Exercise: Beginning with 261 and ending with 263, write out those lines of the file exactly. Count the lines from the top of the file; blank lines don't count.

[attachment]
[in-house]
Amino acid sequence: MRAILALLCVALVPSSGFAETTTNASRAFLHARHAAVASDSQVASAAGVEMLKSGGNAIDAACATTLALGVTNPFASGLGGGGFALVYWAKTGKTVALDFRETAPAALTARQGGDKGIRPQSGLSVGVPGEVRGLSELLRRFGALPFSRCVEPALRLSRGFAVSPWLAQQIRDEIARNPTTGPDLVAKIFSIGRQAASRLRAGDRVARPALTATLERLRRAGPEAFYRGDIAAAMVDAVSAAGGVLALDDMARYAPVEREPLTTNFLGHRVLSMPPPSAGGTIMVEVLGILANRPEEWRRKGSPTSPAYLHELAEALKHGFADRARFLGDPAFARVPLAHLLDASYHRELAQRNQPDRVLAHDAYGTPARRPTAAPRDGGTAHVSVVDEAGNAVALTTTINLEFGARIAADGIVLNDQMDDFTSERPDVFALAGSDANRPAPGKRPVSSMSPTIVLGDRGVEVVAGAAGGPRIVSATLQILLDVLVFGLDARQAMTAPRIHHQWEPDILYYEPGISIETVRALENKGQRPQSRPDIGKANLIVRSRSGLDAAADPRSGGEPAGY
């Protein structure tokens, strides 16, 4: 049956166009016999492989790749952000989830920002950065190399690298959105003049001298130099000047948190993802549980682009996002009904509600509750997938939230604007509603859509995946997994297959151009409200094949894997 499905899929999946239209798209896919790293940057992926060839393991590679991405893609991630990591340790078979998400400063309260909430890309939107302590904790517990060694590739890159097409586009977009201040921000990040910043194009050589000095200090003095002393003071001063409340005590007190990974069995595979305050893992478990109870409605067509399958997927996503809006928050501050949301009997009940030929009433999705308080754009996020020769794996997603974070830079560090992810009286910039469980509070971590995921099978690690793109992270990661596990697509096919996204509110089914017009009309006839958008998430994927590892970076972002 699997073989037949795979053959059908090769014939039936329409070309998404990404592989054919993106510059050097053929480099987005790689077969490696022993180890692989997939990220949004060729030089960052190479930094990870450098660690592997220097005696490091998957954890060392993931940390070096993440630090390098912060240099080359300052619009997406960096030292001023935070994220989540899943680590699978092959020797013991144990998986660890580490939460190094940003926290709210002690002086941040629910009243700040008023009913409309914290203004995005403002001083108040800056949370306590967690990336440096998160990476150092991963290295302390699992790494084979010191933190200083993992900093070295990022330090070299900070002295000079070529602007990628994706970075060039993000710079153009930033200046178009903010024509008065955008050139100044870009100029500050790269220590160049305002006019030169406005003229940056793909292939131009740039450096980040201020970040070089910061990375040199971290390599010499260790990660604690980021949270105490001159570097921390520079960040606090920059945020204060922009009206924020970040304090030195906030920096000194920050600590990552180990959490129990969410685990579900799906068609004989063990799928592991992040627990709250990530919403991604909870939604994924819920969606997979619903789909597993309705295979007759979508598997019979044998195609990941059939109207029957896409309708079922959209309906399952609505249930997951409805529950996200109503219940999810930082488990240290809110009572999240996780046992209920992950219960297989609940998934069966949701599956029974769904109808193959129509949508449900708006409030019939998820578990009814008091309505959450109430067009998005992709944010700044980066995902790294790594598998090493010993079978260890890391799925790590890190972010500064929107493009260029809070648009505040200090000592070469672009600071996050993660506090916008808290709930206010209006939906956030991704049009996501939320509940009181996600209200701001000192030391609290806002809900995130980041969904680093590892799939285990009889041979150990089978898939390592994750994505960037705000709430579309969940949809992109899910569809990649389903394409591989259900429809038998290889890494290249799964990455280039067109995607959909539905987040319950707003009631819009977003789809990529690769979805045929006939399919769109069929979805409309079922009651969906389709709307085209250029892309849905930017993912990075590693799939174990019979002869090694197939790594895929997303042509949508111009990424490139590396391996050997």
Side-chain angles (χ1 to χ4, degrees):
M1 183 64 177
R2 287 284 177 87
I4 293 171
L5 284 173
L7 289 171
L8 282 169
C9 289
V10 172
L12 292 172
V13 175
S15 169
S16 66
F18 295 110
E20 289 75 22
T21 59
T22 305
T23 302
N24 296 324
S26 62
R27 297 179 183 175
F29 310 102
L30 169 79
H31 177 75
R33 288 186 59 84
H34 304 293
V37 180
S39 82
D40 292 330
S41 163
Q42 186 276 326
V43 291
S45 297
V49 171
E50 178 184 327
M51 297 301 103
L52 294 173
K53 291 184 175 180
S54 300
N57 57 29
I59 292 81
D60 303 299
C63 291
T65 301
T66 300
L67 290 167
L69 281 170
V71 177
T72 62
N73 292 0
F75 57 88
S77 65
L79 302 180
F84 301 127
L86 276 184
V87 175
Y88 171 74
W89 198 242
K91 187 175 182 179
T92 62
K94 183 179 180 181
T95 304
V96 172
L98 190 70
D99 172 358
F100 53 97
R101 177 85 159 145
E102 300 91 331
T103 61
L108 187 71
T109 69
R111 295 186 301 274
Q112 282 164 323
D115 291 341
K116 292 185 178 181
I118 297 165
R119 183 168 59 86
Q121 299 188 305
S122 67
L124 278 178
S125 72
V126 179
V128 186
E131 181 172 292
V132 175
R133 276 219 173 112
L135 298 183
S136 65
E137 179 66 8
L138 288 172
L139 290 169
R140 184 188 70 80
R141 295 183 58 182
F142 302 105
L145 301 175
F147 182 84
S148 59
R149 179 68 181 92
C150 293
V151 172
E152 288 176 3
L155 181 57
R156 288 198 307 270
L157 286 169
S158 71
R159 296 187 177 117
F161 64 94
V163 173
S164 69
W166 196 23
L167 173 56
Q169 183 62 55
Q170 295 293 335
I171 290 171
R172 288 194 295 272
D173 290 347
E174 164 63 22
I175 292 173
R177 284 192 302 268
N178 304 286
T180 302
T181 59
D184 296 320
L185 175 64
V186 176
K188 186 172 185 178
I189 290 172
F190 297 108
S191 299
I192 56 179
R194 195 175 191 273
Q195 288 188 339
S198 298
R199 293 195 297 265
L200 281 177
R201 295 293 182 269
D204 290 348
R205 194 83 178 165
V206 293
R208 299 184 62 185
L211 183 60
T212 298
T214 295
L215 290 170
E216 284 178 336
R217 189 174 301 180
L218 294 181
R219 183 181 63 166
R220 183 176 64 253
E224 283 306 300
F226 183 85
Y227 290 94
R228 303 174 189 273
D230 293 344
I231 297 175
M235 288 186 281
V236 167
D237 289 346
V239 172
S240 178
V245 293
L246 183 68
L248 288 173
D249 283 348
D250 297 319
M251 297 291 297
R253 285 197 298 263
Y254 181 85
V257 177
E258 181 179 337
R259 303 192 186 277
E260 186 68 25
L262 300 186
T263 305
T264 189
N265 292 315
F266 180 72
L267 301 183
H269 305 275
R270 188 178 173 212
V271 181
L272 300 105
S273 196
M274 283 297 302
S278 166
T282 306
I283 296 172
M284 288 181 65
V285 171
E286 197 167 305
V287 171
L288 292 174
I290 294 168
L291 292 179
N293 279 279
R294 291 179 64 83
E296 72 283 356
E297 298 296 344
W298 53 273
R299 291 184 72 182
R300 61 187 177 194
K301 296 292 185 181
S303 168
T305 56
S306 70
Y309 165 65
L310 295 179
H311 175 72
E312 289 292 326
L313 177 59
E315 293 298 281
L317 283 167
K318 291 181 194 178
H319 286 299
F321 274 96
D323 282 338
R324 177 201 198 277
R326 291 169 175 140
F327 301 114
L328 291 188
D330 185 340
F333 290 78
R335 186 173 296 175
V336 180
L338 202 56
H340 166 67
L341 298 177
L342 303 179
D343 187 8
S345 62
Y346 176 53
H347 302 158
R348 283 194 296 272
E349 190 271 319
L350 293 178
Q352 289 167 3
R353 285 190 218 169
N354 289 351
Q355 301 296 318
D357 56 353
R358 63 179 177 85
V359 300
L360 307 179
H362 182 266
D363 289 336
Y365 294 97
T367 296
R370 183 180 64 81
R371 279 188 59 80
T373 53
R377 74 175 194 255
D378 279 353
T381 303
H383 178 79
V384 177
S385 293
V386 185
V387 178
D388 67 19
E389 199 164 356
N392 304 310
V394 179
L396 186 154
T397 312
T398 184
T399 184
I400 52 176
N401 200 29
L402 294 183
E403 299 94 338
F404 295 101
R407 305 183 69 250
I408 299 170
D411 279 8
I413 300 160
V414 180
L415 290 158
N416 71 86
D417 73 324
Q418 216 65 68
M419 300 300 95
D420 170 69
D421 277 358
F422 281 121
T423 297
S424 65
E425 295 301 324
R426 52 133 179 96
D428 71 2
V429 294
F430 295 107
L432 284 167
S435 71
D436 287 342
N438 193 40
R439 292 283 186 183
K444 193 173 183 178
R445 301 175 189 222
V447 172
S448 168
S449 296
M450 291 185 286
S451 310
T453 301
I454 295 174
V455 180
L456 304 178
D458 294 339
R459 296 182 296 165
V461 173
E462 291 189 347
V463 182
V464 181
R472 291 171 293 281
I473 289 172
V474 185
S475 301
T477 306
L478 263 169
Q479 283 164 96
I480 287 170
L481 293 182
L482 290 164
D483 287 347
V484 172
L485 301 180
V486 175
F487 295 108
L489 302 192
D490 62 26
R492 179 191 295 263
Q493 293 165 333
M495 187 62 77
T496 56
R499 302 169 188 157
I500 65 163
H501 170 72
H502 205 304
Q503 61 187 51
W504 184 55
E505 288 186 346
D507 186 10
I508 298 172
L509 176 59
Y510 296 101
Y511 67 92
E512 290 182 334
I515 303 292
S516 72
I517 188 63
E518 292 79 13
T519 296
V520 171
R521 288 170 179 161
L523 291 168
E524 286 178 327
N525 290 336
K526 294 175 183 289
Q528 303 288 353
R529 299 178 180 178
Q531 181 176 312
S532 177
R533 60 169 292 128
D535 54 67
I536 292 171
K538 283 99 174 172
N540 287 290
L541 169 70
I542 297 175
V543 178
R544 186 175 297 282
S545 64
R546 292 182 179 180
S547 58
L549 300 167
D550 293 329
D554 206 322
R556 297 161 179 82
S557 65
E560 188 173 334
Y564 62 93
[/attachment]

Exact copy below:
V387 178
D388 67 19
E389 199 164 356